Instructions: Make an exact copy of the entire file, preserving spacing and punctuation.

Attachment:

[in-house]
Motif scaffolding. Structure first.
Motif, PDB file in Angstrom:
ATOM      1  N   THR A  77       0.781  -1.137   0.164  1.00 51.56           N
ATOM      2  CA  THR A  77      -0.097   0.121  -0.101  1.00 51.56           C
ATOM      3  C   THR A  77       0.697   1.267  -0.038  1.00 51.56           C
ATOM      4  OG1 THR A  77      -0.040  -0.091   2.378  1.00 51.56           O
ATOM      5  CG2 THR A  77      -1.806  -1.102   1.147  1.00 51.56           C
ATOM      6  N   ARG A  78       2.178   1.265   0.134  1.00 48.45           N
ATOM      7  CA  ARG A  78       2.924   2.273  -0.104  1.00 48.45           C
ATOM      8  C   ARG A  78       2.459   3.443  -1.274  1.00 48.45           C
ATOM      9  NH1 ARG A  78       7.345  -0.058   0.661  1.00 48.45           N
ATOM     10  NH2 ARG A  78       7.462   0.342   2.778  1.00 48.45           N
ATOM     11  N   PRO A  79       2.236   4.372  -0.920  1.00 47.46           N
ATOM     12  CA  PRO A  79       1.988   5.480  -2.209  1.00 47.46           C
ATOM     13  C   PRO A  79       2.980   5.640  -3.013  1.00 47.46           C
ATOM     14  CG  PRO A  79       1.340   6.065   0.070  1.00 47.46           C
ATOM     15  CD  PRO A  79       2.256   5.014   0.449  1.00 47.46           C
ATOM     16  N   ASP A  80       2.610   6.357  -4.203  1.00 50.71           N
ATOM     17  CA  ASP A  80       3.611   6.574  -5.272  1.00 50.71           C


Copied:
[in-house]
Motif scaffolding. Structure first.
Motif, PDB file in Angstrom:
ATOM      1  N   THR A  77       0.781  -1.137   0.164  1.00 51.56           N
ATOM      2  CA  THR A  77      -0.097   0.121  -0.101  1.00 51.56           C
ATOM      3  C   THR A  77       0.697   1.267  -0.038  1.00 51.56           C
ATOM      4  OG1 THR A  77      -0.040  -0.091   2.378  1.00 51.56           O
ATOM      5  CG2 THR A  77      -1.806  -1.102   1.147  1.00 51.56           C
ATOM      6  N   ARG A  78       2.178   1.265   0.134  1.00 48.45           N
ATOM      7  CA  ARG A  78       2.924   2.273  -0.104  1.00 48.45           C
ATOM      8  C   ARG A  78       2.459   3.443  -1.274  1.00 48.45           C
ATOM      9  NH1 ARG A  78       7.345  -0.058   0.661  1.00 48.45           N
ATOM     10  NH2 ARG A  78       7.462   0.342   2.778  1.00 48.45           N
ATOM     11  N   PRO A  79       2.236   4.372  -0.920  1.00 47.46           N
ATOM     12  CA  PRO A  79       1.988   5.480  -2.209  1.00 47.46           C
ATOM     13  C   PRO A  79       2.980   5.640  -3.013  1.00 47.46           C
ATOM     14  CG  PRO A  79       1.340   6.065   0.070  1.00 47.46           C
ATOM     15  CD  PRO A  79       2.256   5.014   0.449  1.00 47.46           C
ATOM     16  N   ASP A  80       2.610   6.357  -4.203  1.00 50.71           N
ATOM     17  CA  ASP A  80       3.611   6.574  -5.272  1.00 50.71           C